Over the last 20 years, timberlands around the West have been falling fast to development. In Washington State, one sixth of commercial forests have been converted to other uses in that time, according to the state Department of Natural Resources (WDNR). Some 1.2 million acres of forest are converted to development and other uses each year nationwide, while the amount of land covered by urban and suburban areas has increased 300 percent since 1955. (Check out this animation of the spread of urban development nationwide.)
State trust land managers around the West have long struggled to strike a balance between making money for schools and other public services while also considering open space and conservation. That charge is only more difficult as urban areas expand into working forests whose logging activity soon becomes undesirable to new neighbors. Friction against clearcut logging combined with development pressures often result in forests turning into suburbs. Now, in a region known for contentious timber battles, mounting urban sprawl has united environmentalists with foresters to keep forests intact.
The Community Forest Trust bill passed the Washington State House this month, but could face more resistance in the Senate.
Testimony from the House Agriculture and Natural Resources Committee hearing in February shed light on the nuances of managing public lands amidst shifting Western economies. An exchange between Representative Ed Orcutt (R), a forester, and Craig Partridge, DNR director of policy, captures the essence of this transition.
If the community is reluctant to see timber harvest going on, why don't we express to (them) that they have two choices: They can either allow us to manage the timber or they can have the next option, which is conversion. Either we can do good forest management under DNR… or we can just clearcut it, pave it and be done with it. Why aren't we out there talking to the community about that and giving them the real hard facts rather than doing something like this?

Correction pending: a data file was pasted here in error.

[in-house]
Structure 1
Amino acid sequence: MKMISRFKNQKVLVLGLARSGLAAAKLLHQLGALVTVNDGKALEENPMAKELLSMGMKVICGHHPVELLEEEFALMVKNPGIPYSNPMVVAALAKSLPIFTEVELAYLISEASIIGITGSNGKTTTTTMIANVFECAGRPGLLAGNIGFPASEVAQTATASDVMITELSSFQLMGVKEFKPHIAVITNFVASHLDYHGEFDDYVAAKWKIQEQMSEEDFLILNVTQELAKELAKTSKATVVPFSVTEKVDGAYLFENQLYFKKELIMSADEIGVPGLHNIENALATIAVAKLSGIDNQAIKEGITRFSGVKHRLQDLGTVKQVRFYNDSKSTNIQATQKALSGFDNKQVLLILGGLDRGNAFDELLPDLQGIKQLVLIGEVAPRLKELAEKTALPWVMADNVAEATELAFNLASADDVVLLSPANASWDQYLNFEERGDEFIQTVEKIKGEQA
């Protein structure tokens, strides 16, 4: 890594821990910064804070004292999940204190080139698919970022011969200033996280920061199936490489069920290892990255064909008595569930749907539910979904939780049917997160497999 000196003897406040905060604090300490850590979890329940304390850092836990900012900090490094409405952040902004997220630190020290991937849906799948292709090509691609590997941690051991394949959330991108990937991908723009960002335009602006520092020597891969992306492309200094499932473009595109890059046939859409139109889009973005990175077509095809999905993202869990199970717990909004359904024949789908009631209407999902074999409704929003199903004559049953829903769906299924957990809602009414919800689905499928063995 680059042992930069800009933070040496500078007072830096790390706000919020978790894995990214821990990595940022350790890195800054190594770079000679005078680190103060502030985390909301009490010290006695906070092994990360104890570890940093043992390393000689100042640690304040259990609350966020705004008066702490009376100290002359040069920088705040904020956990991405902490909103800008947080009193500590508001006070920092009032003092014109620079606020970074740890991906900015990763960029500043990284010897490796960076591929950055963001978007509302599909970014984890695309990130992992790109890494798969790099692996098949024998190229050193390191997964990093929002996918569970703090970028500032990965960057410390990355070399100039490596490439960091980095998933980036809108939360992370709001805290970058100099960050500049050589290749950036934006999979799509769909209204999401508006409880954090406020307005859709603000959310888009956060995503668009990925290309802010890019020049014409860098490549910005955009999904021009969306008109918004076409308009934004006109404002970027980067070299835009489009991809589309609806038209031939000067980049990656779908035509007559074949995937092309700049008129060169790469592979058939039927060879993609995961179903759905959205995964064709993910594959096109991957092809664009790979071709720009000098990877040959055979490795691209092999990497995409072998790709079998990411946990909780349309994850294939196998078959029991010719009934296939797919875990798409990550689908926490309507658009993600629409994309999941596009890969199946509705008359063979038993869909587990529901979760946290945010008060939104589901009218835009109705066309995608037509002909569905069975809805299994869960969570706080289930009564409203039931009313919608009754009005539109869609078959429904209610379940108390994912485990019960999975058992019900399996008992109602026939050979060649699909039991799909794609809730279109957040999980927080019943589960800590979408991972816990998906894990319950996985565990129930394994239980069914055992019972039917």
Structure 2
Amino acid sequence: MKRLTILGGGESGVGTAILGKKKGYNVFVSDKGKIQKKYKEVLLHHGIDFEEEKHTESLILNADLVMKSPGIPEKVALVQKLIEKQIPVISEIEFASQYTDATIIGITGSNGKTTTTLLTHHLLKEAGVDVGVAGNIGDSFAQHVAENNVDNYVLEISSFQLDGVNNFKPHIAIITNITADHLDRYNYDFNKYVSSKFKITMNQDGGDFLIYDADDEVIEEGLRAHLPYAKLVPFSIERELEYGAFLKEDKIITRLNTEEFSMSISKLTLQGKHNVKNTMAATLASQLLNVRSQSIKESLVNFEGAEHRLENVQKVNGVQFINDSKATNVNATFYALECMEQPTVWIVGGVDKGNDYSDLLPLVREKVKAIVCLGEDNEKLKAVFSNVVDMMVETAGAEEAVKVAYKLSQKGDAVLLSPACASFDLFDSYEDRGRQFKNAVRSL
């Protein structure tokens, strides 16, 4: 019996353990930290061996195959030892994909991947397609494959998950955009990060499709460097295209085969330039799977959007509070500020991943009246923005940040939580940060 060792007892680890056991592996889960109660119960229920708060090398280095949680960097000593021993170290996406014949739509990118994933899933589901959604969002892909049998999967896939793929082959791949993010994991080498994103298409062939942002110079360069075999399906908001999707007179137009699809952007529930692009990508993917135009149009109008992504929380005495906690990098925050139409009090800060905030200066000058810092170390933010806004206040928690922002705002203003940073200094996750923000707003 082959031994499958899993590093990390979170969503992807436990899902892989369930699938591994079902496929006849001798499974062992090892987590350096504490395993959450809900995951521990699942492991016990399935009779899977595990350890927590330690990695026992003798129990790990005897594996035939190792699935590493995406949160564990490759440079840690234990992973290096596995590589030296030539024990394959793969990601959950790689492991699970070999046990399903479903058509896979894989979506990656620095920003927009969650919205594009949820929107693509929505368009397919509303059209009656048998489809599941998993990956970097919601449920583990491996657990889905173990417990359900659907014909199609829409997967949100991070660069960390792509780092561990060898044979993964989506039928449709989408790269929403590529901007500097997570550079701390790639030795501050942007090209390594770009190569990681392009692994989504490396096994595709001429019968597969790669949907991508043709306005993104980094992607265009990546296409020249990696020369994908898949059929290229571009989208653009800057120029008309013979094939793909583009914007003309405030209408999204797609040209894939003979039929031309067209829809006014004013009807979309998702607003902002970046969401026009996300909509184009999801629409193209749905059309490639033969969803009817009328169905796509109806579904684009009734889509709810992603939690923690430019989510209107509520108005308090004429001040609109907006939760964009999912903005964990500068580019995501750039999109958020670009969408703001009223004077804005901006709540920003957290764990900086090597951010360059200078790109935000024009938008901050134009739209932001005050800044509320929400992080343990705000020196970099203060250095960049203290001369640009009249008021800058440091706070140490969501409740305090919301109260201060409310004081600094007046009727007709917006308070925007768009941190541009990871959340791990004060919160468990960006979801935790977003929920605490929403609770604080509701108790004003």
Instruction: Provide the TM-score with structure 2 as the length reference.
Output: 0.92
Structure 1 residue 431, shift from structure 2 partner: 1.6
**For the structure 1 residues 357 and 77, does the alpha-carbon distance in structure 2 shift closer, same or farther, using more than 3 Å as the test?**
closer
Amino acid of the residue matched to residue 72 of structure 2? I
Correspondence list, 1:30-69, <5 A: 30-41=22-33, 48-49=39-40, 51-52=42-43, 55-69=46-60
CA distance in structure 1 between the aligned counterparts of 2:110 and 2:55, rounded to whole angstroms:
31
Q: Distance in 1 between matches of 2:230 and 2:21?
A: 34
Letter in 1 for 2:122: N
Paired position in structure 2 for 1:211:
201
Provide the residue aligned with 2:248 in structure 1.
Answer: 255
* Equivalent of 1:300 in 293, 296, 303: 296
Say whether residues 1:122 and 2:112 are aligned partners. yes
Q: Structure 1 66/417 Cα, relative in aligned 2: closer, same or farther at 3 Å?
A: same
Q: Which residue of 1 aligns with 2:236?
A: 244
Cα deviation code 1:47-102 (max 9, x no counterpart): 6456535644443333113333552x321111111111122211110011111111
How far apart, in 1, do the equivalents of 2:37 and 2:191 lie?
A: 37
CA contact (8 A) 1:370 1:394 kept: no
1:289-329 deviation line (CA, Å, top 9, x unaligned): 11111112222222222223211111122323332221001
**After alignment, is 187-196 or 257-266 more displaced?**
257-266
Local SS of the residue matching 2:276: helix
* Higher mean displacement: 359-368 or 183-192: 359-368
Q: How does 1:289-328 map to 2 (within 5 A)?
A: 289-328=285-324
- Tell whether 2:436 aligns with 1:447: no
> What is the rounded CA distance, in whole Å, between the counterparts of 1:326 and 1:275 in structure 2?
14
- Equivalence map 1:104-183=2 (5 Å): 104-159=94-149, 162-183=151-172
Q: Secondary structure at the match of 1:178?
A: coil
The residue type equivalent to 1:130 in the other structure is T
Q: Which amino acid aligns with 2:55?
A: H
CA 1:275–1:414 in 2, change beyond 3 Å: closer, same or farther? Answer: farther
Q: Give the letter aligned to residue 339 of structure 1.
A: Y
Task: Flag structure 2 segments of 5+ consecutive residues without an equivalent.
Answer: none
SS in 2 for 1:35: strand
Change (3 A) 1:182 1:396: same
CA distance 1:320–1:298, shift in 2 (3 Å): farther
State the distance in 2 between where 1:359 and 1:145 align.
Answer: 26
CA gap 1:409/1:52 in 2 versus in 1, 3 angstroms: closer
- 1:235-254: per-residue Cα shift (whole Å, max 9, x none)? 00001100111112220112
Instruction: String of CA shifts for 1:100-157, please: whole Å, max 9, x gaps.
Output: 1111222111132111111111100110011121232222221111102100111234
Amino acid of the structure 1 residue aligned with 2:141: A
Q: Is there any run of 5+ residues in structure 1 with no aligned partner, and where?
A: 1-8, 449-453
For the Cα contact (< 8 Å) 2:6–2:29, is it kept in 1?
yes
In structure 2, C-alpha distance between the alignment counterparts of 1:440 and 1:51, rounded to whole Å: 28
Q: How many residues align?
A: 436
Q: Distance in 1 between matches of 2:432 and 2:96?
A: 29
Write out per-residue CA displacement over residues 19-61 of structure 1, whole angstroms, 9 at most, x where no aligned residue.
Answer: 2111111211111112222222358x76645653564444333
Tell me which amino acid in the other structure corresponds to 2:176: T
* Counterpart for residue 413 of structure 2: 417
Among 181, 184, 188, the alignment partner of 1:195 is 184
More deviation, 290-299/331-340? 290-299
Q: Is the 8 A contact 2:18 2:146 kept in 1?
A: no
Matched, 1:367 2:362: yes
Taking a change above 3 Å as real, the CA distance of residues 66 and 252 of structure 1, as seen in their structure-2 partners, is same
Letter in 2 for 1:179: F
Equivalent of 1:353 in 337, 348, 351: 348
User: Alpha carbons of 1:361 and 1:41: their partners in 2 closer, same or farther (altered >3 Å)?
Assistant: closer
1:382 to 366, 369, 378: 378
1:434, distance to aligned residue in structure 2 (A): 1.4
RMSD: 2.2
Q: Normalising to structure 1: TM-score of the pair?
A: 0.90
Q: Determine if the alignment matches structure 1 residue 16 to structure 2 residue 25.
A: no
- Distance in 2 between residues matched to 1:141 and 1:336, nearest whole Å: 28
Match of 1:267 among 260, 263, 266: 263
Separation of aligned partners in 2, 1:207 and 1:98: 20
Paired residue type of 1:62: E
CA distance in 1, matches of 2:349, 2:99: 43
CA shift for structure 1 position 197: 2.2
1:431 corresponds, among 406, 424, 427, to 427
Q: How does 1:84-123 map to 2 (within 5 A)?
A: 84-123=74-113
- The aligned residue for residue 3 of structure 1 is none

Craig Partridge, WDNR policy director:
The idea of this legislation is that, in situations where it appears that there are two choices (logging or development), maybe there are more than two choices. Maybe there's a third choice that is a middle pathway, in which the lands would still be working... and we could avoid that choice between all timber harvest or all pavement.
Mitch Friedman, executive director of the environmental group Conservation Northwest and an early tree-sitter during the Northwest timber wars, testified for the bill, pointing out that the issue is more about preserving working forests themselves than taking timberlands out of production.
We need as a society to find a new form of timber operation that is compatible and supported by our urbanizing communities. Just like we are embracing local farming more and more these days, we need our urban communities to embrace working forests. That probably won't be the standard, industrial, clearcut model. That's a lot to swallow. But maybe a tool like the Community Forest Trust helps us find a new path.
Without a tool like this, the choice a community faces is either conversion to development, or if they can muster it, park status. We don't want to turn all of our timberlands into malls or parks. We need to find another option, which is a working forest.
I want to be absolutely clear here. Even as a conservationist who has been associated with a lot of the big tree and wilderness fights over the last 25 years in this state, I very much want working forests… But we need to find a form of timber management that the community can embrace and support, and this (new trust) moves us in that direction.
Follow the Community Forest Trust bill's progress here.
Nathan Rice is a HCN intern.
Image courtesy Google Maps.